Profile Performance Index (PPI)
The PPI shows how many interactions happen on a profile, how engaged the followers are and how fast a profile is growing. The higher the value, the better. A lot of engagement and healthy growth show liveliness and a lot of engagement, which depend on each other.
This indicator shows how active an account really is and how strong its ties to the community are. This KPI is especially important to gauge the real „image“ of a profile. A high amount of followers or tweets per day aren’t always indicators for a high quality account.
Tweets per Day
Tweets per Day is a very self-explanatory KPI and seems rather unimportant at first glance. But when you look at this KPI in combination with other KPIs, it becomes very important. For example: If your engagement rate is very high, posting more tweets per day is worth the work – there’s a definite potential. More tweets can increase engagement, seed more content and positively impact overall performance of a profile.
We distinguish between absolute, daily and weekly growth.
If not said otherwise, we use “Growth” as the average weekly growth rate of a social media profile. The growth rate does not compare the number of fans/follower at the beginning and the end of a period, but it answers the question “How much had the profile to grow in a week on average to get from value A to value B?”. That makes sense, because it gives you a more “stable” impression about the growth without being too vulnerable to sudden spikes or extreme differences.
Example for weekly growth rate:
Profile A has 2000 followers, when two weeks ago it only had 500. Just the difference is 1500 fans or 300% of the starting value of 500. The calculation of the average weekly growth rate “only” equals to 100%. The number of followers grew by 100% in the first week, which is 500 followers: 500 followers + 500 followers = 1000 followers. For the second week it’s another 100%: 1000 followers + 1000 followers = 2000 followers.
Twitter engagement is calculated by dividing the total number of interactions by users on one day by the number of followers. That includes retweets and favorites. The engagement thus shows, how many follower interacted with the tweets of a profile. The objective should be to increase this KPI. The higher the engagement with the content of any profile, the higher its reach.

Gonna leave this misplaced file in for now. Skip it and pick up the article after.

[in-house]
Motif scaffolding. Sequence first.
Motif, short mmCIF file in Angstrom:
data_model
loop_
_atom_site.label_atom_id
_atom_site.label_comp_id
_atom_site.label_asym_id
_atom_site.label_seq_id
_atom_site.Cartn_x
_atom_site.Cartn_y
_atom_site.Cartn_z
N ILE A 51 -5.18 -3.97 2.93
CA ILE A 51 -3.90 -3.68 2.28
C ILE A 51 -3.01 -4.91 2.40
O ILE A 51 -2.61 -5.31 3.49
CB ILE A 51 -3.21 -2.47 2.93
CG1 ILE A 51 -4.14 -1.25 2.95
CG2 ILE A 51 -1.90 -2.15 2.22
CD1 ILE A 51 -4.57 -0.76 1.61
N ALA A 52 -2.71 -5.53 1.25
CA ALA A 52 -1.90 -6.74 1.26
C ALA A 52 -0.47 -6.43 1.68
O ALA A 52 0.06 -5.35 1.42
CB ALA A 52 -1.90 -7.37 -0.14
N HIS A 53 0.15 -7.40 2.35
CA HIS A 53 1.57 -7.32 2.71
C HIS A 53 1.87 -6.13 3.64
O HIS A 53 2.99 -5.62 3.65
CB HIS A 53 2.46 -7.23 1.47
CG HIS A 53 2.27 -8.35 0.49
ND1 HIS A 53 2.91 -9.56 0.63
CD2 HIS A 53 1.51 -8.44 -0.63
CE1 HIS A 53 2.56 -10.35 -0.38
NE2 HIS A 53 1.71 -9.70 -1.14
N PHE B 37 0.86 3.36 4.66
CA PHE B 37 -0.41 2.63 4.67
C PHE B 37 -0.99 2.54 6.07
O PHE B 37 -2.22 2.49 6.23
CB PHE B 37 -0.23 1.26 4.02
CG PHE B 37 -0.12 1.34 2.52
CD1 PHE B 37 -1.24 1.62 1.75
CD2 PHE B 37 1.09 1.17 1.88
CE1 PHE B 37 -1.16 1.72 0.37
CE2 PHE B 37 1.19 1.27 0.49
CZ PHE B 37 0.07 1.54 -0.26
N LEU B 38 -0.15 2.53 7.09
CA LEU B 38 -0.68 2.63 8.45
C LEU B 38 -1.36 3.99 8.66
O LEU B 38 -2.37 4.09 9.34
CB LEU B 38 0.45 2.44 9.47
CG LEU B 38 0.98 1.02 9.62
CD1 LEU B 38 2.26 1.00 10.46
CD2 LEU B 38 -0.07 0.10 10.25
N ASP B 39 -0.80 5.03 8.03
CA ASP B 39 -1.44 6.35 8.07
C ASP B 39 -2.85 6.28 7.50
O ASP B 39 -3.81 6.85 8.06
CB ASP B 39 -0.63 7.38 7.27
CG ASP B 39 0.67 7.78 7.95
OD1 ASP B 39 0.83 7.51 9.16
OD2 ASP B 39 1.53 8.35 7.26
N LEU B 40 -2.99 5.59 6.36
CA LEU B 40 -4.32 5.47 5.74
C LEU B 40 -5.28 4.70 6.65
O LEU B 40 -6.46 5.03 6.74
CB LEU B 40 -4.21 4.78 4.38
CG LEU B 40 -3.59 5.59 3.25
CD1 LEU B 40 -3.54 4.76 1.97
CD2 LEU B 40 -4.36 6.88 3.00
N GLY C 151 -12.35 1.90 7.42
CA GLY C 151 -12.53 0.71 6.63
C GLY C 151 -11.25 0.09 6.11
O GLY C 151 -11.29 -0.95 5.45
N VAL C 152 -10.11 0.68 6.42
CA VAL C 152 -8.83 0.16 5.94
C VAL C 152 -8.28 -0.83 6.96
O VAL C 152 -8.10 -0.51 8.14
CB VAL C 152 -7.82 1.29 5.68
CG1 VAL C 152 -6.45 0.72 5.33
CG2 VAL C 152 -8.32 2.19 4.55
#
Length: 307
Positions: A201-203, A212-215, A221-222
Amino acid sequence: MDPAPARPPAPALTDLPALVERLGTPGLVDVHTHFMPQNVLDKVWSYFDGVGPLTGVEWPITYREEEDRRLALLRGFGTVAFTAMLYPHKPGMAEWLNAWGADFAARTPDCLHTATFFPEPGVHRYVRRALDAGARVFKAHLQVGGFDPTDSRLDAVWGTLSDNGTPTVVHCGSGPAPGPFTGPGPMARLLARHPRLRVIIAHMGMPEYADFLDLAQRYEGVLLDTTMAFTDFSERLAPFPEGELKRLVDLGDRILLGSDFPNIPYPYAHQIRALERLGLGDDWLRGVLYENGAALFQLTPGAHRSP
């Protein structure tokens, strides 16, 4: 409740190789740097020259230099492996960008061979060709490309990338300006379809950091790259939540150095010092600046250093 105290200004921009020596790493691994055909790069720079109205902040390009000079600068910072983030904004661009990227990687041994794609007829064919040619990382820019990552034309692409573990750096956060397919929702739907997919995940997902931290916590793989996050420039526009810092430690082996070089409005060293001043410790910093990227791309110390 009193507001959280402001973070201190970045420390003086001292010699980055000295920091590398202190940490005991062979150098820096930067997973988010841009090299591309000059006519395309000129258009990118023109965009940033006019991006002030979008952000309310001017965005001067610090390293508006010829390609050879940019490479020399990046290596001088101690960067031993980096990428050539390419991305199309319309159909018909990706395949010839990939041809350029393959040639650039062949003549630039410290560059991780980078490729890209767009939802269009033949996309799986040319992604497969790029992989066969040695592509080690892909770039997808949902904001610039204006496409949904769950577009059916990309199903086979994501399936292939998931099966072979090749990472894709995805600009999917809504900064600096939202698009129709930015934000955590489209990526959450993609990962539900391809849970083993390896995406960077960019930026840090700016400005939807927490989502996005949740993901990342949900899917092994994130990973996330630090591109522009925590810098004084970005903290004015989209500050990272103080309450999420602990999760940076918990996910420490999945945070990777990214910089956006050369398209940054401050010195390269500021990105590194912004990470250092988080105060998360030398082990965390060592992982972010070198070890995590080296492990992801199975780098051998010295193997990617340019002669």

Number of reactions divided by the tweets and divided by the fans. An user with 200 followers gets a total of 30 responses to its 10 tweets, then the interaction is 1.5% (30/10/200 = 0.015 = 1.5%).
Conversations are determined by the ratio of @-reply tweets to all tweets, that means tweets that are interactions with other Twitter profiles. This indicator is especially relevant for service providers, it shows at a glance how high the rate of conversations is. A high conversation rate is interesting for everyone, since like all social networks Twitter lives only through interaction with other users.
The higher your conversation rate, the more involved the account is in direct discussions. A moderately high conversation rate by an account that is not geared towards service indicates a well connected and active profile.
The number of favs specifies how often the tweets of a profile have been faved by other users on Twitter.
The number of retweets specifies how often the tweets of a profile have been retweeted by other users on Twitter.
Retweeted per Day
The number of tweets, retweeted by this user on average per day.
For some KPIs is shown “n/a”. That’s because there are not enough information available to calculate this value.